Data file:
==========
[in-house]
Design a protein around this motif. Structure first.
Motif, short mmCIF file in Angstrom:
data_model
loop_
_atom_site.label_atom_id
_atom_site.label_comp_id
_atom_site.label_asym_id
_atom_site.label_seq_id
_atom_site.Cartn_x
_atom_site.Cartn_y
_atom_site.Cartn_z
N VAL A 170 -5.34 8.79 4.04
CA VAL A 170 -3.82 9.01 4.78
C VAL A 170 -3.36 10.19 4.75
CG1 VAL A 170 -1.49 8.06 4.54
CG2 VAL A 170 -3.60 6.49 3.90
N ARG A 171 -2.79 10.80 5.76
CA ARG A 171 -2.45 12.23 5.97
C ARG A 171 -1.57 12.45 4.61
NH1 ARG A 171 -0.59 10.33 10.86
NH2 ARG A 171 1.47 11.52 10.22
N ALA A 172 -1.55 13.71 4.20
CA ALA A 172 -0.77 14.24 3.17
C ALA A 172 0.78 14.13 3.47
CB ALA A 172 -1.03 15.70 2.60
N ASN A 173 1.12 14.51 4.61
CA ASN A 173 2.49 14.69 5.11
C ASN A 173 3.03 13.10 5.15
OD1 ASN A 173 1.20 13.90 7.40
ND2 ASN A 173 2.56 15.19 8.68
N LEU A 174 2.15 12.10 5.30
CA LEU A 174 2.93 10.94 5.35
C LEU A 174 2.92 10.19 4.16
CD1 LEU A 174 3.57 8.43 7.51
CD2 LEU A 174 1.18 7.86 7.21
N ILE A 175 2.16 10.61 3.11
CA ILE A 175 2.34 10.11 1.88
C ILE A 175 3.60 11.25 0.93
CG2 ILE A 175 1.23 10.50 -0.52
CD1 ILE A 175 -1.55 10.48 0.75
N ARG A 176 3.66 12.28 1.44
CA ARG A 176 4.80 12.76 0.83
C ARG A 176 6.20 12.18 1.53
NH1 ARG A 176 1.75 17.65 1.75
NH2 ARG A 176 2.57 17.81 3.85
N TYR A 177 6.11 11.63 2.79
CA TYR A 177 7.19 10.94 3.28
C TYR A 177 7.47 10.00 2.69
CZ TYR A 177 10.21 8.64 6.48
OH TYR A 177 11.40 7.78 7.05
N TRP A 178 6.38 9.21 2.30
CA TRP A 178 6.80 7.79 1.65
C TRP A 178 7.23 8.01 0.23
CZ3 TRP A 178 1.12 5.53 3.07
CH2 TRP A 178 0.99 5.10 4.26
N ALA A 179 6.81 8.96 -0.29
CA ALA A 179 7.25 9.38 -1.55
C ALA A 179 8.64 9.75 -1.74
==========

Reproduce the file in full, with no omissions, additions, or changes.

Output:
[in-house]
Design a protein around this motif. Structure first.
Motif, short mmCIF file in Angstrom:
data_model
loop_
_atom_site.label_atom_id
_atom_site.label_comp_id
_atom_site.label_asym_id
_atom_site.label_seq_id
_atom_site.Cartn_x
_atom_site.Cartn_y
_atom_site.Cartn_z
N VAL A 170 -5.34 8.79 4.04
CA VAL A 170 -3.82 9.01 4.78
C VAL A 170 -3.36 10.19 4.75
CG1 VAL A 170 -1.49 8.06 4.54
CG2 VAL A 170 -3.60 6.49 3.90
N ARG A 171 -2.79 10.80 5.76
CA ARG A 171 -2.45 12.23 5.97
C ARG A 171 -1.57 12.45 4.61
NH1 ARG A 171 -0.59 10.33 10.86
NH2 ARG A 171 1.47 11.52 10.22
N ALA A 172 -1.55 13.71 4.20
CA ALA A 172 -0.77 14.24 3.17
C ALA A 172 0.78 14.13 3.47
CB ALA A 172 -1.03 15.70 2.60
N ASN A 173 1.12 14.51 4.61
CA ASN A 173 2.49 14.69 5.11
C ASN A 173 3.03 13.10 5.15
OD1 ASN A 173 1.20 13.90 7.40
ND2 ASN A 173 2.56 15.19 8.68
N LEU A 174 2.15 12.10 5.30
CA LEU A 174 2.93 10.94 5.35
C LEU A 174 2.92 10.19 4.16
CD1 LEU A 174 3.57 8.43 7.51
CD2 LEU A 174 1.18 7.86 7.21
N ILE A 175 2.16 10.61 3.11
CA ILE A 175 2.34 10.11 1.88
C ILE A 175 3.60 11.25 0.93
CG2 ILE A 175 1.23 10.50 -0.52
CD1 ILE A 175 -1.55 10.48 0.75
N ARG A 176 3.66 12.28 1.44
CA ARG A 176 4.80 12.76 0.83
C ARG A 176 6.20 12.18 1.53
NH1 ARG A 176 1.75 17.65 1.75
NH2 ARG A 176 2.57 17.81 3.85
N TYR A 177 6.11 11.63 2.79
CA TYR A 177 7.19 10.94 3.28
C TYR A 177 7.47 10.00 2.69
CZ TYR A 177 10.21 8.64 6.48
OH TYR A 177 11.40 7.78 7.05
N TRP A 178 6.38 9.21 2.30
CA TRP A 178 6.80 7.79 1.65
C TRP A 178 7.23 8.01 0.23
CZ3 TRP A 178 1.12 5.53 3.07
CH2 TRP A 178 0.99 5.10 4.26
N ALA A 179 6.81 8.96 -0.29
CA ALA A 179 7.25 9.38 -1.55
C ALA A 179 8.64 9.75 -1.74